The study room on the third floor of the public library is crowded and hot; the air stinks, a strange, medical smell that is at once antiseptic and BM-y.
Twenty-some students press and prod their assistive communication devices, while staff members stand behind them, facilitating all that interaction.
This is Conversation Club, a special time of the week devoted to the kids who lack speech as it is traditionally defined. That part in italics is my way of nodding to neurodiversity.
Much of the talking is done in robotic monotone, think low budget Stephen Hawking, but the surreal exception is my own voice.
For awhile, there was a shortage of males in the staff pool, so I was usually tapped to do the recordings for all the talk boxes.
I could walk by a classroom and here myself say, "I like ice cream", in response to someone else making my voice say, "It is rainy".
Eventually, they had a black man come in and record voices for all the black kids, so they sounded less white and whiny (my voice does not hold up well to recording).
But vestiges of me remain.
An occasional button press springs me to life: "I would like french fries, please." "I need to take a break."
It sounds like HAL and I are having a conversation consisting entirely of mundane non sequiturs.
A large Samoan-looking girl begins to weep loudly. She rolls her body forward and shoves a hand firmly down the front of her pants. Three staff converge on her, frantically asking questions in order to get to the bottom of her problem.
She repeatedly stabs at her Ipad with a brown finger as big around as my wrist.
With each touch, a sexy, vaguely English sounding woman's voice purrs, "I am fine. I need a break. I-I-I had pizza for lunch. I had hamburger for lunch." The girl begins to shriek.
"I bet she's hungry," someone comments.
I think about how good I have it, calm little Martin in front of me.
The worst thing I have to deal with when it comes to him is keeping him awake.
"Push the button, man." He uses a knuckle like a pointy finger, presses down hard on a little picture of a stick figure shooting a basket, and I hear my voice chirp, "I like to play basketball."
It is so overly enunciated and happy; it sounds nothing like me.
The student he is supposed to be having a conversation with starts to drift off, but I give her a nudge.
"Hey, your turn."
She withdraws a spindly white finger from her mouth, a string of drool linking her lips to her hand, and on down to her Talk Box; she touches a picture.
"Today is Friday."
My therapist stops me there.
"So........it sounds like........you don't really enjoy your job." At that moment, I finally solve the puzzle of who he sounds similar to. It's Kermit. Kermit the frog.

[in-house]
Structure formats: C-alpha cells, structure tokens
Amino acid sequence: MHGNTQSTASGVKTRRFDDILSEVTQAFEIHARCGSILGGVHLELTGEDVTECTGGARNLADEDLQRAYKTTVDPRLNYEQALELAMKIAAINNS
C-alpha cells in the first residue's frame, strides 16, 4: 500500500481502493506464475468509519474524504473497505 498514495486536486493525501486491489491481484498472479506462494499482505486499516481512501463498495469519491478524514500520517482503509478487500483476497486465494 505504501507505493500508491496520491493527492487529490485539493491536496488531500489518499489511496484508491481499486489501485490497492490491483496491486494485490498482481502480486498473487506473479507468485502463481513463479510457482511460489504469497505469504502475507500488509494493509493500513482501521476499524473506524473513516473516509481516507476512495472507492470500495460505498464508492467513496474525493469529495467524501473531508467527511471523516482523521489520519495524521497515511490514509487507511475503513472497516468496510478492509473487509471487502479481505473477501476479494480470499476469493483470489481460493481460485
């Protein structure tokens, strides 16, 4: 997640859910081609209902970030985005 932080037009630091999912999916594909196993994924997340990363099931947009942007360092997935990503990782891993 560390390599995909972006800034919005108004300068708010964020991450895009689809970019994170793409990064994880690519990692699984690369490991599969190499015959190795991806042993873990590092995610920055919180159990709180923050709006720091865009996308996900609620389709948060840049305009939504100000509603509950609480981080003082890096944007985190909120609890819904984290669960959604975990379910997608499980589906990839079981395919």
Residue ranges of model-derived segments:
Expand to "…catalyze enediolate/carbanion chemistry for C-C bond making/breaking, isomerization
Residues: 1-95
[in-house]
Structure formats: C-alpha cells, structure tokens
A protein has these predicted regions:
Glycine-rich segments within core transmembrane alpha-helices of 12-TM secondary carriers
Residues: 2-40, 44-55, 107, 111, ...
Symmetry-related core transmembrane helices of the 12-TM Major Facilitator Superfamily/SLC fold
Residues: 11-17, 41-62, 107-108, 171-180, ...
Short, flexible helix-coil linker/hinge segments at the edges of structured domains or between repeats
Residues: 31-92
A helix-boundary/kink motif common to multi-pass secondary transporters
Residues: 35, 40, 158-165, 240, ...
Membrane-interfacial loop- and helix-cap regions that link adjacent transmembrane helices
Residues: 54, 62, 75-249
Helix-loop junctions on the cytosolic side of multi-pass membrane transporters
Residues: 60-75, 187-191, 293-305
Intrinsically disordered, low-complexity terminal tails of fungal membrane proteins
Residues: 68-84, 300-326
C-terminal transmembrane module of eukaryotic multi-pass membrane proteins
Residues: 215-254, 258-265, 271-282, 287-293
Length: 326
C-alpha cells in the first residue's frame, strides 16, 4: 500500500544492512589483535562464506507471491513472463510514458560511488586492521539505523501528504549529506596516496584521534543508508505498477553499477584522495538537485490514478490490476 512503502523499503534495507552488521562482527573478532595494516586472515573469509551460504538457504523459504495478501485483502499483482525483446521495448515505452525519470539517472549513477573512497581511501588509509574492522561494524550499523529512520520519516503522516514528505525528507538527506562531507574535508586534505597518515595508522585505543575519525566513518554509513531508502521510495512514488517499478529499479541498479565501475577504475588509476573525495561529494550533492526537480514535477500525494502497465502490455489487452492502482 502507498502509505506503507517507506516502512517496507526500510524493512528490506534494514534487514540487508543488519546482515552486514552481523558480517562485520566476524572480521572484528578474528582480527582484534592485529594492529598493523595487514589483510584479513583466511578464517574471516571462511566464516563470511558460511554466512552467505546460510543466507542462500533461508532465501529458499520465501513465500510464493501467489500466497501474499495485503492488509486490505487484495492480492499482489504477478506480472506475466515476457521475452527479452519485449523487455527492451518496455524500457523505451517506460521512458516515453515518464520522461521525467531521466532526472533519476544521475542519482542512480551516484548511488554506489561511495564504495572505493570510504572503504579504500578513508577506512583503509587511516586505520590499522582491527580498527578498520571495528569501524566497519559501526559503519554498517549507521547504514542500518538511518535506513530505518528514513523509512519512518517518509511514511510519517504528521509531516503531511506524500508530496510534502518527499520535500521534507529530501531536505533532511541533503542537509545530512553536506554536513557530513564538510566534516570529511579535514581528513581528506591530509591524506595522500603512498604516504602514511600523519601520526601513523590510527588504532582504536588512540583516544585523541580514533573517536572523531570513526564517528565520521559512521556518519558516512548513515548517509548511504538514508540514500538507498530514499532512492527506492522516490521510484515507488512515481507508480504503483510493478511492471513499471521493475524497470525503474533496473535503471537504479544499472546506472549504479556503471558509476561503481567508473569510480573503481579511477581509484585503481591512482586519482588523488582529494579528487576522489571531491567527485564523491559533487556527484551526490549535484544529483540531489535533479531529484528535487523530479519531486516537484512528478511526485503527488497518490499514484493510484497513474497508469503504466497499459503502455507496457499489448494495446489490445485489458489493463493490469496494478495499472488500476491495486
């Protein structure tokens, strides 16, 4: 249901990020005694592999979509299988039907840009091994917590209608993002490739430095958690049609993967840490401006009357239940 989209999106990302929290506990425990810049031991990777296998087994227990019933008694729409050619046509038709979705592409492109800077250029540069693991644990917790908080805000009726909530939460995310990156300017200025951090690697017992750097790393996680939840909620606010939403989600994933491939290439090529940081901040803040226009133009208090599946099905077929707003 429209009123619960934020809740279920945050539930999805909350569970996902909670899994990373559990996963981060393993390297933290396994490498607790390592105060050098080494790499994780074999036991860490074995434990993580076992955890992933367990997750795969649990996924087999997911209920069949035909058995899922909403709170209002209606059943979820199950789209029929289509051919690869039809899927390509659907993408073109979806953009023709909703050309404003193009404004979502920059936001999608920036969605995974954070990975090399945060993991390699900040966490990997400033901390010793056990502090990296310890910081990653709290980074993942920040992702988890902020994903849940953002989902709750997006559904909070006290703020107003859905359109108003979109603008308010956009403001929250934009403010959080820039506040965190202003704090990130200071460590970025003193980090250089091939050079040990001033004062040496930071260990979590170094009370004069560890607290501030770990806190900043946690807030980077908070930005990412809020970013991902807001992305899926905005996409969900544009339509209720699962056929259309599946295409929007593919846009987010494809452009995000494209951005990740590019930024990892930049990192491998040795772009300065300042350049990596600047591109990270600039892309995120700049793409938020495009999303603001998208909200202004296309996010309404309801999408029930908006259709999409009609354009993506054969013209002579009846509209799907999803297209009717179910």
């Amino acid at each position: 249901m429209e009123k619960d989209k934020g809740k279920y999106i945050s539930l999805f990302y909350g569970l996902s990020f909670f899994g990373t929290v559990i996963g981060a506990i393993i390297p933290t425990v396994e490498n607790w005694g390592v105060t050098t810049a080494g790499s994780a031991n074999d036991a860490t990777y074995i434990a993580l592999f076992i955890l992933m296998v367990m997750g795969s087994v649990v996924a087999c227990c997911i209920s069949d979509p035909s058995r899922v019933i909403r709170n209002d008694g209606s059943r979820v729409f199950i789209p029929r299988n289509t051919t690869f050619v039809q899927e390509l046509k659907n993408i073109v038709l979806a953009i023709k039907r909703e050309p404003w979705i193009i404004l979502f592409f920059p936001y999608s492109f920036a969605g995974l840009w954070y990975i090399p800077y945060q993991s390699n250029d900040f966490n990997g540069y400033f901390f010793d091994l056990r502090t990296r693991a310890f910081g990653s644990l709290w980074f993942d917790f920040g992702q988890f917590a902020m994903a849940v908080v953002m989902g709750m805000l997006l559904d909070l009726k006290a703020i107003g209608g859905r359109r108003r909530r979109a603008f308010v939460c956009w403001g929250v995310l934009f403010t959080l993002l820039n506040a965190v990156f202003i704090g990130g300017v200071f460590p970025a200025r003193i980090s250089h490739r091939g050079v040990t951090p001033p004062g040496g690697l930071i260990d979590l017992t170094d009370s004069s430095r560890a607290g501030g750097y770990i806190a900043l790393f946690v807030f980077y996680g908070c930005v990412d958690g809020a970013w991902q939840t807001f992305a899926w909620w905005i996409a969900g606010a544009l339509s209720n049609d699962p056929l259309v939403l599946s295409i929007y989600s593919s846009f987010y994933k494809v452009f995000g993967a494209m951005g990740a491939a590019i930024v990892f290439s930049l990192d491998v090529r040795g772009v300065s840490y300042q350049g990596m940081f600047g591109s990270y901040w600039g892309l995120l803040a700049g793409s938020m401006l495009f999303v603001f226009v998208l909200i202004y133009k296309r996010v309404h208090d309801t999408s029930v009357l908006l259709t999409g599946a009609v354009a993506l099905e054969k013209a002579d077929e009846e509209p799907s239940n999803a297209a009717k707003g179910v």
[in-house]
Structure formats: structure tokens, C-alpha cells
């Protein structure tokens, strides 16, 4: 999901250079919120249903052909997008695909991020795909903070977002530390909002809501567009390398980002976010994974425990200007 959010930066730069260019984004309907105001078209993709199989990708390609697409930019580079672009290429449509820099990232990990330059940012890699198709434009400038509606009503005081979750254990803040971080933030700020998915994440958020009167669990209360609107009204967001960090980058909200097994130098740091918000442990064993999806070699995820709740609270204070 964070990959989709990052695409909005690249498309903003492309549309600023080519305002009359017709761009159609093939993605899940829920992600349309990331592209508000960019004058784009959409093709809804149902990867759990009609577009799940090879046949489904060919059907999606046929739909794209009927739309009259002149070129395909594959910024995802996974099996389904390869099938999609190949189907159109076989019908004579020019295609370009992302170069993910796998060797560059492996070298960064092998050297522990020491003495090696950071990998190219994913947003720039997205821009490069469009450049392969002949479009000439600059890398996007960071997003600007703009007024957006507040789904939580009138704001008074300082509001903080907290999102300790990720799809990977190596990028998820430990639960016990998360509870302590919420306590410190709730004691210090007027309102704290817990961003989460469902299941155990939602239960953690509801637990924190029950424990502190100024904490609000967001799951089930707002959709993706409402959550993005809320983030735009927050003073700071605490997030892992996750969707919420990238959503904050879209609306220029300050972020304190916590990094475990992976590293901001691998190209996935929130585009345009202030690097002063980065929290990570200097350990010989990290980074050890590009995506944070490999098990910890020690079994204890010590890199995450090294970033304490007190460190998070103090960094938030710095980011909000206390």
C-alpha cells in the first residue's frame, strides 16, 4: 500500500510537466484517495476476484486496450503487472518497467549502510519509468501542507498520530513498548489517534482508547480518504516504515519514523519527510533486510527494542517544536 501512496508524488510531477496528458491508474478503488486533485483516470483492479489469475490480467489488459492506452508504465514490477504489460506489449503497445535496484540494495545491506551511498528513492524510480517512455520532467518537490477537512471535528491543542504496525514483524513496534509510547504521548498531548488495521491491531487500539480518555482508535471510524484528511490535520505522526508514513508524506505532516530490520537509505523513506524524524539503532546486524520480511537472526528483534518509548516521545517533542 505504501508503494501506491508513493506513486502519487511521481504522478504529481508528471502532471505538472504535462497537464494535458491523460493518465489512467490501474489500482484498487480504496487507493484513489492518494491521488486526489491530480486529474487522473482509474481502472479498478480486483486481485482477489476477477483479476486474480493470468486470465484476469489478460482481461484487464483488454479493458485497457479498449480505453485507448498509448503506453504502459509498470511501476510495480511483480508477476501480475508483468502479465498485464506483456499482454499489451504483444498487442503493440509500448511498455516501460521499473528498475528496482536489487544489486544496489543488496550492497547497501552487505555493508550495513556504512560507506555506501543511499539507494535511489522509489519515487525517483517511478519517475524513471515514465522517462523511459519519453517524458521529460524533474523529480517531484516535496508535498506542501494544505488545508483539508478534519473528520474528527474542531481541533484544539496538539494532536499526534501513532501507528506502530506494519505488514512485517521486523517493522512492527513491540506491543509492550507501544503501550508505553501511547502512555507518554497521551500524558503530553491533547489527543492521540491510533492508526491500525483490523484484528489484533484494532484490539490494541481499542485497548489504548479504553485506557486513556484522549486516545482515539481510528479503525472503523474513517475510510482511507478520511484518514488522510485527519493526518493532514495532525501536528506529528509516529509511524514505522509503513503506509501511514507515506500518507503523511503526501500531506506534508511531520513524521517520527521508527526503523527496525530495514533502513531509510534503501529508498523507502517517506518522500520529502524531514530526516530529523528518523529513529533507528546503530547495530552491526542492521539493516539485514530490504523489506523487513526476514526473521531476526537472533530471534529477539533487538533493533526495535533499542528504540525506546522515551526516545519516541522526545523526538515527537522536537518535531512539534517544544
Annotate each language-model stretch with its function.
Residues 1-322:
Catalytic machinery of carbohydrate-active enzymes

I do one of those moves that people do when they hide the fact that they are laughing to themselves; you know the one, where you clamp your hand over your mouth and snort into your palm.
Kermit would make an excellent therapist; his eyes are so genuine, his default expression is one of quiet listening.
And the way he nods and goes, "Mm-hm"; well, that's all we want, isn't it?
That unique affirmation that only a Muppet can provide.
I realize the doctor is waiting for me to speak.
"For the most part, yeah that's true. But I wonder, if I got a job anywhere else, would I be just as unhappy? Is it the circumstance or something I carry with me?" I talk like that to him because I am trying to convey my elevated level of self-awareness.
I like my doctors to recognize me as their intellectual equal; you know, level the playing field, so we can all just talk plainly, no patronizing or anything. It's why when I am sick, I print out a list of all the possible things I might have, culled from extensive research on Yahoo Answers, and present it to the doctor directly.
"Look, flu-like symptoms, dry mouth, shaky hands, I know it's coprophilia."
"Errr...not sure that's right," says the doctor. They call my mom and tell her to take away my computer privileges for a week.
"We're concerned he is getting into some morally dubious areas of the World Wide Web."
"But he's a grown man," my mother argues.
The doctor covers the phone with one hand, slowly looks me up and down, and apologises for wasting her time.
"Why do you believe that to be true?" I forgot I was supposed to be listening to the real doctor in front of me, not the pretend one in my mind who just called my mother.
"I dunno," I say, conceding the entirety of the playing field to the doctor's superior intellect.
"Maybe ahs jus an idgit."
Imagine Kermit leaning towards you, one green hand flapping your knee in comfort.
"Now I don't think that's the case, do you?" he asks.
I shrug my shoulders.
"Let's do some word associations."
"Okay," I answer, while wiping my runny nose on my sleeve.
"Just close your eyes and say the first thing that comes into your mind when I say the trigger word."
I lean my head back into the strange, body-swallowing embrace of the doctor's couch.
"Phone call," says Kermit, in a flat, nuetral voice.
"Death," I respond, operating on pure, verbal instinct.